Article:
13 November 2008

Govt report recommends market wages for more Australian temporary workers

A report released yesterday by the Immigration Minister recommends the temporary skilled workers scheme undergoes a massive overhaul, including guaranteeing workers less than $100,000 get market wages, reports the Australian.

Industrial relations commissioner Barbara Deegan produced the report for the government, which contains 66 recommendations for improvement to the sponsored 457 visa scheme.

The key recommendation to arise from the report was that the minimum salary level for guaranteeing market wages be raised from $43,440 to $100,000.  Ms Deegan further recommended that employers be profiled according to risk of exploitation or abuse and that they utilise labour agreements to prevent exploitation.  She also recommended 457 visas expire after 8 years, and that employers wishing to sponsor more than 20 workers should be subject to a labour agreement.

The report has been welcomed by union leaders, who have been aware of the possibilities for exploitation by employers within the scheme.  Construction Forestry Mining and Energy Union national secretary John Sutton told the Australian the results will be highly positive for temporary skilled workers in Australia.

"This will have a terrific effect in terms of putting some integrity into the scheme.  For many employers, it's been a cheap labour scheme. (Ms Deegan) goes a long way towards taking that kind of cheap labour attractiveness out of the scheme."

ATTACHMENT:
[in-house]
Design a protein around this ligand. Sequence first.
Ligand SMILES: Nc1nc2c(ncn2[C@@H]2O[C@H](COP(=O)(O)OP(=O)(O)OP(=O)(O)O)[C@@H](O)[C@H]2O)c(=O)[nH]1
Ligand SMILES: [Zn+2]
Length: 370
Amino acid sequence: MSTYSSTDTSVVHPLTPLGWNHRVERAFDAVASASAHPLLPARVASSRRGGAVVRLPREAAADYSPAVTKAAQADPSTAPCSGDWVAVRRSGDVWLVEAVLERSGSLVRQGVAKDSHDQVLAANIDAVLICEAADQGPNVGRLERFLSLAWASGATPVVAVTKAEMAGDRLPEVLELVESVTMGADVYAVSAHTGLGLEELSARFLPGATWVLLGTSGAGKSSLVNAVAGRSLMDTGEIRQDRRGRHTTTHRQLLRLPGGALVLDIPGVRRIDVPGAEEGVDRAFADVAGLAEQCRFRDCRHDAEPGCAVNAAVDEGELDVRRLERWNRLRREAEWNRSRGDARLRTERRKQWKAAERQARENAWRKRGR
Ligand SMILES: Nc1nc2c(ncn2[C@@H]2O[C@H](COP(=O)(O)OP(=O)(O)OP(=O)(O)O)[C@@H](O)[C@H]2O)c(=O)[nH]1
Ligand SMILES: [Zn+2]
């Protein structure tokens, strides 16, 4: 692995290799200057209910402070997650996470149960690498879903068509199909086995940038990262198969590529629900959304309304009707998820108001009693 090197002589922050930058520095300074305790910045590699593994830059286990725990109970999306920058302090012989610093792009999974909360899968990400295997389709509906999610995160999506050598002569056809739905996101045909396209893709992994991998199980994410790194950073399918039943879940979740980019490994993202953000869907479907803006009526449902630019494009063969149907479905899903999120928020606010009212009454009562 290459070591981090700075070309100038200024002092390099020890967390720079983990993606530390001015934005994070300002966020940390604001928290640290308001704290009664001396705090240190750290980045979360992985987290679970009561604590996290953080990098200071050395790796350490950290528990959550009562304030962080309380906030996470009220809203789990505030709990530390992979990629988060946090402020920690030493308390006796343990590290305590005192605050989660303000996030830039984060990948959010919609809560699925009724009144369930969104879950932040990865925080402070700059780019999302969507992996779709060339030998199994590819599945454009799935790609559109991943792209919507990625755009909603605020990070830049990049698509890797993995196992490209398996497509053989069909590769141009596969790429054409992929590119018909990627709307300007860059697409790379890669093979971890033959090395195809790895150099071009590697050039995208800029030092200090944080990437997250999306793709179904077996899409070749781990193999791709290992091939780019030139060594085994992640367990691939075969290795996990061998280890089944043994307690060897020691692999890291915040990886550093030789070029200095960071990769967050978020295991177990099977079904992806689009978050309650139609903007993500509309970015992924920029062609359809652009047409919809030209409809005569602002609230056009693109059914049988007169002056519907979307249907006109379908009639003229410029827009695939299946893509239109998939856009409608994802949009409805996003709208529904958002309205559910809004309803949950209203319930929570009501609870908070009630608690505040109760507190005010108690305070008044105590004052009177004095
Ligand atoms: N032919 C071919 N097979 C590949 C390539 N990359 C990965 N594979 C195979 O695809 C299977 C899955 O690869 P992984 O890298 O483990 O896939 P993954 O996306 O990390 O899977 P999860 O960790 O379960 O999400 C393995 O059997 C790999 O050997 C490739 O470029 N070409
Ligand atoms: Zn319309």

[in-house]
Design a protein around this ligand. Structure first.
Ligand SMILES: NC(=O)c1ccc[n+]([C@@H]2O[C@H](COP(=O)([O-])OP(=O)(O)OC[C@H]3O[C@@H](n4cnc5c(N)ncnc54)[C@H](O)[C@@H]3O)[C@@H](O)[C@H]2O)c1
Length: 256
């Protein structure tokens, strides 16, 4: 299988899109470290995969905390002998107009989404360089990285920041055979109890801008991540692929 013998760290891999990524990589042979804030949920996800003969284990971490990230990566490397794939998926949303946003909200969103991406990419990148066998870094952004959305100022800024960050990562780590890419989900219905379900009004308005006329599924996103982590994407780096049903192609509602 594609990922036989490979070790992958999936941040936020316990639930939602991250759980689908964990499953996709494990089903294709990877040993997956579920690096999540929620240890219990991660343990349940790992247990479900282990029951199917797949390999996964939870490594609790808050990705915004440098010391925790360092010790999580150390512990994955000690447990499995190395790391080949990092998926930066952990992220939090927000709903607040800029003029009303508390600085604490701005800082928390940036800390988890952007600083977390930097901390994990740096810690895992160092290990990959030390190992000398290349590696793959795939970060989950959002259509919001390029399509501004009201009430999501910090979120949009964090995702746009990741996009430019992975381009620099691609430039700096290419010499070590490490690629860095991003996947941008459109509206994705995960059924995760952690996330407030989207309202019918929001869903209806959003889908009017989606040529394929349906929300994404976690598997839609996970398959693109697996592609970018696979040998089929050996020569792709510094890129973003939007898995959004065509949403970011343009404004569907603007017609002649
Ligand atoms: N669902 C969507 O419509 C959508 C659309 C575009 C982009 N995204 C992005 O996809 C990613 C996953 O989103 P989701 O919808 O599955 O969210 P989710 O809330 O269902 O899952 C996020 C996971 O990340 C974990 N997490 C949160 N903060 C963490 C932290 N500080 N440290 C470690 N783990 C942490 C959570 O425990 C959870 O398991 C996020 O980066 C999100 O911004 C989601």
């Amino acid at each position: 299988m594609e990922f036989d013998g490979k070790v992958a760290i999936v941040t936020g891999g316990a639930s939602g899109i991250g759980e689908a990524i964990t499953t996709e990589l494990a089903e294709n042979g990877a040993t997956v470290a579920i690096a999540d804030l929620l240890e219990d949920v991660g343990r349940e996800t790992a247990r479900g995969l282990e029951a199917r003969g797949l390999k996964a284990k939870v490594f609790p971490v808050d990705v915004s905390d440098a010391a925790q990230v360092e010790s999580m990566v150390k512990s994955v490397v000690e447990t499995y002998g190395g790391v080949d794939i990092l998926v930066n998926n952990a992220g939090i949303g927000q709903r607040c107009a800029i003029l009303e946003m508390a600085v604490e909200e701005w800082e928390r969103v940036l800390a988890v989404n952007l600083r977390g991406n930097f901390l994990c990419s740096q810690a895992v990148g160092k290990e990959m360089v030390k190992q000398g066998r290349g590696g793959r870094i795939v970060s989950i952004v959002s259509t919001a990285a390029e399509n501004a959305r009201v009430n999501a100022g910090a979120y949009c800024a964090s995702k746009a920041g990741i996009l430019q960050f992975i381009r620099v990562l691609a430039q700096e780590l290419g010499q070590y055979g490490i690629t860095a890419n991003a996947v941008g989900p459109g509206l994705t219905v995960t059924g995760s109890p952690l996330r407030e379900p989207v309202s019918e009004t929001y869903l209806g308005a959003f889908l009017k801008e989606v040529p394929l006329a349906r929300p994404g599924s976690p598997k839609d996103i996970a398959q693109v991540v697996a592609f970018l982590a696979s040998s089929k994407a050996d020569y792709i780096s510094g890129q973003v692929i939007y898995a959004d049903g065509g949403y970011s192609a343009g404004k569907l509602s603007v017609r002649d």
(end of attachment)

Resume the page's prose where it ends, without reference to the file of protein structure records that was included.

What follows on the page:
Ms Deegan also questioned the purpose of the scheme as a means of easing skills shortages and not labour shortages, by recommending an evaluation of its occupational categories.

Although the Minister for Immigration, Senator Chris Evans, looks certain to accept most recommendations in the report, one key suggestion may well be rejected.  Ms Deegan advised the government impose a Medicare levy on the employer so that temporary workers have access to Australia’s public health system; however, it seems likely that Senator Evans will not agree.

"The Rudd Government believes it is important that temporary skilled overseas workers do not place an additional burden on Australia's public health system," Senator Evans said.

The Australian Visa Bureau is an independent consulting company specialising in helping people with their Australian visa application.

Article by Jessica Bird, Australian Visa Bureau.

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